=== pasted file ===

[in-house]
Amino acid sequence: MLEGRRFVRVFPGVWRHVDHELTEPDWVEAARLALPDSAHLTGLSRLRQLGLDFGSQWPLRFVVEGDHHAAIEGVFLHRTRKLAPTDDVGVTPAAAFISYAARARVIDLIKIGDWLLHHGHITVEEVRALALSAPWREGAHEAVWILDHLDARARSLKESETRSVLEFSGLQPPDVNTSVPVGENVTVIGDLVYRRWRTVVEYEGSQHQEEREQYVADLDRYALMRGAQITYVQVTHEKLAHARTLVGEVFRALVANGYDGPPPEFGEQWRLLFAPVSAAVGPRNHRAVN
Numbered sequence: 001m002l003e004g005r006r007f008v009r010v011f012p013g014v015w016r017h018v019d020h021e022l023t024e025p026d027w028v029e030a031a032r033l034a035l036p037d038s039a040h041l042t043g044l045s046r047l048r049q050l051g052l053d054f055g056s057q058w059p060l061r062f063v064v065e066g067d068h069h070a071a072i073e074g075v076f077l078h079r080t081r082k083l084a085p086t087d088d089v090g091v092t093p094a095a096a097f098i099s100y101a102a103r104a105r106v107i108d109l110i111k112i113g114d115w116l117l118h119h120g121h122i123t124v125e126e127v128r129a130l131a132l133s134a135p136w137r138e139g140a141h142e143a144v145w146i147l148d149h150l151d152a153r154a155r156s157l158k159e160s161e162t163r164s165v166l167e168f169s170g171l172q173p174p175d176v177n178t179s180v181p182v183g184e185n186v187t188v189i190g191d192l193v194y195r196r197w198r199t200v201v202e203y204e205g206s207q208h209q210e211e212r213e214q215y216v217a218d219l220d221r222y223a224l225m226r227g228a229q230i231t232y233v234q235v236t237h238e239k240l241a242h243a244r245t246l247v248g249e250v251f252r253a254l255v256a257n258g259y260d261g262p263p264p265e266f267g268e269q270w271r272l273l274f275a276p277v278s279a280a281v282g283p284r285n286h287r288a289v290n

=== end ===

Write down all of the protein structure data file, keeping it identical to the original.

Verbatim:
[in-house]
Amino acid sequence: MLEGRRFVRVFPGVWRHVDHELTEPDWVEAARLALPDSAHLTGLSRLRQLGLDFGSQWPLRFVVEGDHHAAIEGVFLHRTRKLAPTDDVGVTPAAAFISYAARARVIDLIKIGDWLLHHGHITVEEVRALALSAPWREGAHEAVWILDHLDARARSLKESETRSVLEFSGLQPPDVNTSVPVGENVTVIGDLVYRRWRTVVEYEGSQHQEEREQYVADLDRYALMRGAQITYVQVTHEKLAHARTLVGEVFRALVANGYDGPPPEFGEQWRLLFAPVSAAVGPRNHRAVN
Numbered sequence: 001m002l003e004g005r006r007f008v009r010v011f012p013g014v015w016r017h018v019d020h021e022l023t024e025p026d027w028v029e030a031a032r033l034a035l036p037d038s039a040h041l042t043g044l045s046r047l048r049q050l051g052l053d054f055g056s057q058w059p060l061r062f063v064v065e066g067d068h069h070a071a072i073e074g075v076f077l078h079r080t081r082k083l084a085p086t087d088d089v090g091v092t093p094a095a096a097f098i099s100y101a102a103r104a105r106v107i108d109l110i111k112i113g114d115w116l117l118h119h120g121h122i123t124v125e126e127v128r129a130l131a132l133s134a135p136w137r138e139g140a141h142e143a144v145w146i147l148d149h150l151d152a153r154a155r156s157l158k159e160s161e162t163r164s165v166l167e168f169s170g171l172q173p174p175d176v177n178t179s180v181p182v183g184e185n186v187t188v189i190g191d192l193v194y195r196r197w198r199t200v201v202e203y204e205g206s207q208h209q210e211e212r213e214q215y216v217a218d219l220d221r222y223a224l225m226r227g228a229q230i231t232y233v234q235v236t237h238e239k240l241a242h243a244r245t246l247v248g249e250v251f252r253a254l255v256a257n258g259y260d261g262p263p264p265e266f267g268e269q270w271r272l273l274f275a276p277v278s279a280a281v282g283p284r285n286h287r288a289v290n